After East's 3NT bid, South asks the meaning of 2.
East explains and South passes.
At this point North calls the TD and states that he would have bid differently if he had known the meaning of 2 (no prizes for guessing what that meant…).
TD explains that it's too late for L21b and warns for UI.
3NT is passed out.
South leads the spade 4, 10, ace, 6. East wins the third round of spades, finesses the diamonds the wrong way because she "expected the long spades to be with South" and ends up one down.
East starts shouting at North for illegally inviting a spade lead, North replies that he was not familiar with the LOL's old- fashioned bidding system, where 2 could very well have been natural, had no reason to inquire about a non-alerted 2 bid, and thought that there were possibilities to change his second pass.
Do you adjust? If so, how?
(If 2 had been alerted and North would have doubled, then even this East wouldn't have failed to make 11 tricks. Same case if North doubles 3NT for a spade lead).
I like this one. Having read four replies I think that no-one has really grasped the problem in full. Perhaps a better title for the Subject line would be "Count the infractions". Let us see.
So, we have four possible infractions, and we need to deal with each one.
So I would adjust for MI on this basis, wait a minute, no I would not, the offending side did worse than this on the hand! No damage!
So perhaps we should adjust this way for E/W, since they are the NOs under #3b. But what about #1b then? Bear with me for a bit: I shall return later - see #C2.
Phew! Now, what do we actually do? Let us consider penalties, then adjustments.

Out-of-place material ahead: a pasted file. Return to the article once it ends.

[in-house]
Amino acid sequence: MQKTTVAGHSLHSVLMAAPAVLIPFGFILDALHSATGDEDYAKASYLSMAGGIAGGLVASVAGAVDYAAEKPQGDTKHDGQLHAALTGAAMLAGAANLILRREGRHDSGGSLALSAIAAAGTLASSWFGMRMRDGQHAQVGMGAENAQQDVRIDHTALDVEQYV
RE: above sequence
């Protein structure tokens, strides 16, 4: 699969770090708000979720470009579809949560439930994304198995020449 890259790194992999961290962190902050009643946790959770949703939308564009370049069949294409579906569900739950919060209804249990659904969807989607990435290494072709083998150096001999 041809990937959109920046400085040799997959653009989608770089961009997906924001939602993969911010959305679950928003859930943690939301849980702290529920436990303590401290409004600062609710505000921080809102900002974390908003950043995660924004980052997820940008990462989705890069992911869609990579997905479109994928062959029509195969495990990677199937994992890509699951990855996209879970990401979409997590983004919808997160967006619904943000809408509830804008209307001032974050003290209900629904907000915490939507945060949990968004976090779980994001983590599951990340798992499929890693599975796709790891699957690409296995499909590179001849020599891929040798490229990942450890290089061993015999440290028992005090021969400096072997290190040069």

To be honest, we do not have a lot of guidance for multiple infractions. Some people think we should deal with them in order. This has always seemed correct to me where the same side is the offenders, but not necessarily otherwise.
Perhaps we should go back to first principles. We are trying to redress damage: what would have happened, in our view, if there had been no infractions, giving the benefit of doubt to the NOs, as usual.
If East alerts, North may double - no, it is not certain, despite what he said - and South would lead a spade, or maybe a heart with no double. If there is a double, the UI becomes irrelevant since the spade lead is automatic, and then the result on the board would be
However, I think there may not be a double [only S A7532, remember]. Without it, the UI ruling comes in to play: we disallow a spade lead, and then the result would be
If we think North will double three times in five we get
What about giving the benefit of the doubt to the NOs? I did that in the original figures. Of course, it would be easy to change the percentages, but this seems a reasonable approach overall.
Have I forgotten anything? Well, I believe this was played in a place where L12C3 was enabled, but let us consider the effects if it was not.
For E/W, as Os originally, we give them the worst score at all probable [L12C2] which is 3NT-1 assuming a double. Since the double is assumed the UI does not come in to play.
For N/S, as NOs originally, we give them the best score that was likely without the infraction, and the same logic comes in to play and we get 3NT-1 assuming a double.